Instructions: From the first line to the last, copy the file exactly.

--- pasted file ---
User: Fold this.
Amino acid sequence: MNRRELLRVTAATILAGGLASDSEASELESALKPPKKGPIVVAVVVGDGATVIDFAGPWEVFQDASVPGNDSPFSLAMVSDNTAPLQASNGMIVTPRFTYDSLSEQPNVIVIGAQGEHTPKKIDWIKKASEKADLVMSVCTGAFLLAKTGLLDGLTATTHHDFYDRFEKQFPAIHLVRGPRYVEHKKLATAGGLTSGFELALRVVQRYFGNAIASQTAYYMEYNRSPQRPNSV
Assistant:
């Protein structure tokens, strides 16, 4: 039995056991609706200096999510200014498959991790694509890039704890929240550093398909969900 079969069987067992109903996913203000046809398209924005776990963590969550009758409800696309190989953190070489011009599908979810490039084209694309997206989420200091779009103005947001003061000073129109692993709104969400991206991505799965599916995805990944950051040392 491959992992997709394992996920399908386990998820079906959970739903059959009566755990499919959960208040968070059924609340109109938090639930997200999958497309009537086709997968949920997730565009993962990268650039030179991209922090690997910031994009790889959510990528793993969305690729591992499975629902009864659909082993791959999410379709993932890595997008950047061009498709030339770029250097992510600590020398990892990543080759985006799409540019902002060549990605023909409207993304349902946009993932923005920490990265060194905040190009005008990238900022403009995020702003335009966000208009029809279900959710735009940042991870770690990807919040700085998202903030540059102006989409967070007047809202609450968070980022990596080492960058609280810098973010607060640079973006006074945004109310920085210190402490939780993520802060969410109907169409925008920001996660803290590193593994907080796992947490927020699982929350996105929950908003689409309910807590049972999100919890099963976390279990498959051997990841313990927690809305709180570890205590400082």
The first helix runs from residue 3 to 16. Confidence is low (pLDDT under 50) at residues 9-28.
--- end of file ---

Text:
User: Fold this.
Amino acid sequence: MNRRELLRVTAATILAGGLASDSEASELESALKPPKKGPIVVAVVVGDGATVIDFAGPWEVFQDASVPGNDSPFSLAMVSDNTAPLQASNGMIVTPRFTYDSLSEQPNVIVIGAQGEHTPKKIDWIKKASEKADLVMSVCTGAFLLAKTGLLDGLTATTHHDFYDRFEKQFPAIHLVRGPRYVEHKKLATAGGLTSGFELALRVVQRYFGNAIASQTAYYMEYNRSPQRPNSV
Assistant:
């Protein structure tokens, strides 16, 4: 039995056991609706200096999510200014498959991790694509890039704890929240550093398909969900 079969069987067992109903996913203000046809398209924005776990963590969550009758409800696309190989953190070489011009599908979810490039084209694309997206989420200091779009103005947001003061000073129109692993709104969400991206991505799965599916995805990944950051040392 491959992992997709394992996920399908386990998820079906959970739903059959009566755990499919959960208040968070059924609340109109938090639930997200999958497309009537086709997968949920997730565009993962990268650039030179991209922090690997910031994009790889959510990528793993969305690729591992499975629902009864659909082993791959999410379709993932890595997008950047061009498709030339770029250097992510600590020398990892990543080759985006799409540019902002060549990605023909409207993304349902946009993932923005920490990265060194905040190009005008990238900022403009995020702003335009966000208009029809279900959710735009940042991870770690990807919040700085998202903030540059102006989409967070007047809202609450968070980022990596080492960058609280810098973010607060640079973006006074945004109310920085210190402490939780993520802060969410109907169409925008920001996660803290590193593994907080796992947490927020699982929350996105929950908003689409309910807590049972999100919890099963976390279990498959051997990841313990927690809305709180570890205590400082």
The first helix runs from residue 3 to 16. Confidence is low (pLDDT under 50) at residues 9-28.